The COVID-19 pandemic has transformed the lives of everyone in the UK practically overnight, forcing us all to adapt and make drastic changes to the way we live day-to-day.
For many, especially the vulnerable and elderly who are not able to leave their homes at all, one of the most difficult changes has been how to buy food and other essential items.
Here at Charged we’ve been inundated with requests from concerned shoppers about where they can get the food they need, how they can secure delivery slots from overstretched grocers and whether they can buy non-essential goods during lockdown.
We’ve put together this guide to help provide as much useful information as possible for those who need it most.
Please let us know if we have missed anything in the comment below.
Grocery Delivery Options
Morrisons online grocery delivery service is available here and is currently taking new registrations.
It is also selling seven individual food boxes which can be bought here, providing enough food to feed a couple for around a week.
For those not comfortable with online shopping Morrisons has also launched a telesales service which can be accessed on 0345 611 6111 and select option five. You can see the full list of items available here.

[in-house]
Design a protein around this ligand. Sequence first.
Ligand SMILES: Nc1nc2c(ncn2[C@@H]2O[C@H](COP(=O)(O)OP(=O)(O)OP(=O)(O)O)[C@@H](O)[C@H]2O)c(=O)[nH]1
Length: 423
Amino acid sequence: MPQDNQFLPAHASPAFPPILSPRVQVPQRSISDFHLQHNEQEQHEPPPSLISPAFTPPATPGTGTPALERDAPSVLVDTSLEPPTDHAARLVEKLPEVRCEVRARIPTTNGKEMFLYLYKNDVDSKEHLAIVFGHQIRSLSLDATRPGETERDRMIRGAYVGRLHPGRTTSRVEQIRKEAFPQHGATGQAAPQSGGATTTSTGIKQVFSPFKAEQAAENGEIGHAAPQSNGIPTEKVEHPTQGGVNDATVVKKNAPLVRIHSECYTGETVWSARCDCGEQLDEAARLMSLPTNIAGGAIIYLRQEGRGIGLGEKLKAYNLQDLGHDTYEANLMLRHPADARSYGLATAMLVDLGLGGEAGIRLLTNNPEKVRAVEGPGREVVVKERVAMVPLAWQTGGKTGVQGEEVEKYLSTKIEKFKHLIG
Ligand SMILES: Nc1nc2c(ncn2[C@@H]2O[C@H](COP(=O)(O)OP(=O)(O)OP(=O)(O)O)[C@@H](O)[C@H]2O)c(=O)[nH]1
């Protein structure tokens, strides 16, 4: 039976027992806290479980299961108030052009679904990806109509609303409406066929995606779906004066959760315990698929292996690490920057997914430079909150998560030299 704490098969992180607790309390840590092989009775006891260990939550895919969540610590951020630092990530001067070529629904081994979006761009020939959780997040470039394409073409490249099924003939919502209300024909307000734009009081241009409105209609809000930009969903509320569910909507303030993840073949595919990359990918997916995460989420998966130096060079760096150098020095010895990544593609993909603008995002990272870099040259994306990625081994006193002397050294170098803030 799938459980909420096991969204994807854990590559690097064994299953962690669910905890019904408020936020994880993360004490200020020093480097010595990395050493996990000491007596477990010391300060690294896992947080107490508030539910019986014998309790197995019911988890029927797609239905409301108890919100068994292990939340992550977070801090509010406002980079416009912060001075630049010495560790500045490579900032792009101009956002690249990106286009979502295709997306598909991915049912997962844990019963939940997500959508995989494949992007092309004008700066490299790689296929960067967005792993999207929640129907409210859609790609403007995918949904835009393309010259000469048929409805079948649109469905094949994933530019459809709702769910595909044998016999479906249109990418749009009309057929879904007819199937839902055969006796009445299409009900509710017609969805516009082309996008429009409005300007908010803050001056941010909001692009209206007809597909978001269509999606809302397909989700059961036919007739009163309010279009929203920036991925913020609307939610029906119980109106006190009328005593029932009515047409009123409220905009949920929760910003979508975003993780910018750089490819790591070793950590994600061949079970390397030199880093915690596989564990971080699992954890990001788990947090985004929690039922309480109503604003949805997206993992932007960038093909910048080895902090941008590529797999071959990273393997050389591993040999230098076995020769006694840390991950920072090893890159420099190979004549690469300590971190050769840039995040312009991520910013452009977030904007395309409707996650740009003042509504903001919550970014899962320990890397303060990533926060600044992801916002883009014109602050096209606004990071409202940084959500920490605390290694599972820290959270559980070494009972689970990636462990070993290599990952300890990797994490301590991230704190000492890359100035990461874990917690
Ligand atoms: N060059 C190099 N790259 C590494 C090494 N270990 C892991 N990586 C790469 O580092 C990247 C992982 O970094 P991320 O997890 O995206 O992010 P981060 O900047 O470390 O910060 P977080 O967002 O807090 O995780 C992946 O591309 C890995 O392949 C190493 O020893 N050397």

“If you are self-isolating, please mention this in the Delivery Instructions section at checkout, or update the Delivery Instructions in your Address Book.”
Sainsbury’s online grocery page can be accessed here. If you are not already a customer Sainsbury’s says it is not taking any new registrations unless you are on the government’s most vulnerable list.
“We’re in the process of contacting these customers to offer them priority access to home delivery slots. We are waiting for the database from Northern Ireland and will contact vulnerable customers in this area as soon as we are able.”
For those vulnerable customers not able to secure a delivery slot, Sainsbury’s advises to “keep checking for available slots” as new ones are released each day.
“It can take up to two days from registering for online delivery to be able to book a slot. Please remember that customers have access to a maximum of one delivery slot per week.”
Tesco’s online delivery service can be accessed here and it is currently taking new registrations.
While it says its delivery slots are at capacity for the next few weeks, it said it had identified 75,000 clinically vulnerable and isolated customers who will have delivery slots created for them.
You can find out more about how to access these slots here.
Marks & Spencer is currently offering six different food boxes available for home delivery here.